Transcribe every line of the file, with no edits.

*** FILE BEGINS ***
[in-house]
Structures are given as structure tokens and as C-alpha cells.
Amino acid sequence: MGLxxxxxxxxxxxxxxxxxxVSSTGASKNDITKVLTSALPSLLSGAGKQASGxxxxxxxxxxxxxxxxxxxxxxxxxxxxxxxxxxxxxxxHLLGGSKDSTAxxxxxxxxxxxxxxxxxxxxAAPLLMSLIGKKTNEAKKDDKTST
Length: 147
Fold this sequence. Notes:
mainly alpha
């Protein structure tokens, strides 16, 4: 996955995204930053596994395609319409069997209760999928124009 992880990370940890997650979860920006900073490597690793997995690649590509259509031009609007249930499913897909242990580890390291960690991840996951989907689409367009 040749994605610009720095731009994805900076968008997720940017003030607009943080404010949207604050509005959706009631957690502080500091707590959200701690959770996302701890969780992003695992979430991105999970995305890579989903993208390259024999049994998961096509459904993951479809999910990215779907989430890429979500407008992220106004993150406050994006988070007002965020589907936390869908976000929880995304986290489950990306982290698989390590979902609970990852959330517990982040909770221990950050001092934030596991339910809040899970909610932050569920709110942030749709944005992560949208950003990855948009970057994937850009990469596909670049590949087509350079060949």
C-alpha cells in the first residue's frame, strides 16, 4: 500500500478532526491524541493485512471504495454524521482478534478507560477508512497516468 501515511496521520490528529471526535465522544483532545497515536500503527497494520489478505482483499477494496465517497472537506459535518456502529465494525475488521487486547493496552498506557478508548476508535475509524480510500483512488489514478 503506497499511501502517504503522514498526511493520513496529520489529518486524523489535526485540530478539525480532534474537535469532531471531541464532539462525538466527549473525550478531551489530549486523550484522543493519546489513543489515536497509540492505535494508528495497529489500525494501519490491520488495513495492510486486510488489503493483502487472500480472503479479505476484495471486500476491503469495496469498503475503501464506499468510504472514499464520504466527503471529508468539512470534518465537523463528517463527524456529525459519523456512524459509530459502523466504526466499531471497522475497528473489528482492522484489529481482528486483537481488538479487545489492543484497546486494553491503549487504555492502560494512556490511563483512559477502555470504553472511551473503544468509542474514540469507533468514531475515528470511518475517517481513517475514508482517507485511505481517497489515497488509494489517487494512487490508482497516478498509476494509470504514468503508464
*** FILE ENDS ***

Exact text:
[in-house]
Structures are given as structure tokens and as C-alpha cells.
Amino acid sequence: MGLxxxxxxxxxxxxxxxxxxVSSTGASKNDITKVLTSALPSLLSGAGKQASGxxxxxxxxxxxxxxxxxxxxxxxxxxxxxxxxxxxxxxxHLLGGSKDSTAxxxxxxxxxxxxxxxxxxxxAAPLLMSLIGKKTNEAKKDDKTST
Length: 147
Fold this sequence. Notes:
mainly alpha
């Protein structure tokens, strides 16, 4: 996955995204930053596994395609319409069997209760999928124009 992880990370940890997650979860920006900073490597690793997995690649590509259509031009609007249930499913897909242990580890390291960690991840996951989907689409367009 040749994605610009720095731009994805900076968008997720940017003030607009943080404010949207604050509005959706009631957690502080500091707590959200701690959770996302701890969780992003695992979430991105999970995305890579989903993208390259024999049994998961096509459904993951479809999910990215779907989430890429979500407008992220106004993150406050994006988070007002965020589907936390869908976000929880995304986290489950990306982290698989390590979902609970990852959330517990982040909770221990950050001092934030596991339910809040899970909610932050569920709110942030749709944005992560949208950003990855948009970057994937850009990469596909670049590949087509350079060949």
C-alpha cells in the first residue's frame, strides 16, 4: 500500500478532526491524541493485512471504495454524521482478534478507560477508512497516468 501515511496521520490528529471526535465522544483532545497515536500503527497494520489478505482483499477494496465517497472537506459535518456502529465494525475488521487486547493496552498506557478508548476508535475509524480510500483512488489514478 503506497499511501502517504503522514498526511493520513496529520489529518486524523489535526485540530478539525480532534474537535469532531471531541464532539462525538466527549473525550478531551489530549486523550484522543493519546489513543489515536497509540492505535494508528495497529489500525494501519490491520488495513495492510486486510488489503493483502487472500480472503479479505476484495471486500476491503469495496469498503475503501464506499468510504472514499464520504466527503471529508468539512470534518465537523463528517463527524456529525459519523456512524459509530459502523466504526466499531471497522475497528473489528482492522484489529481482528486483537481488538479487545489492543484497546486494553491503549487504555492502560494512556490511563483512559477502555470504553472511551473503544468509542474514540469507533468514531475515528470511518475517517481513517475514508482517507485511505481517497489515497488509494489517487494512487490508482497516478498509476494509470504514468503508464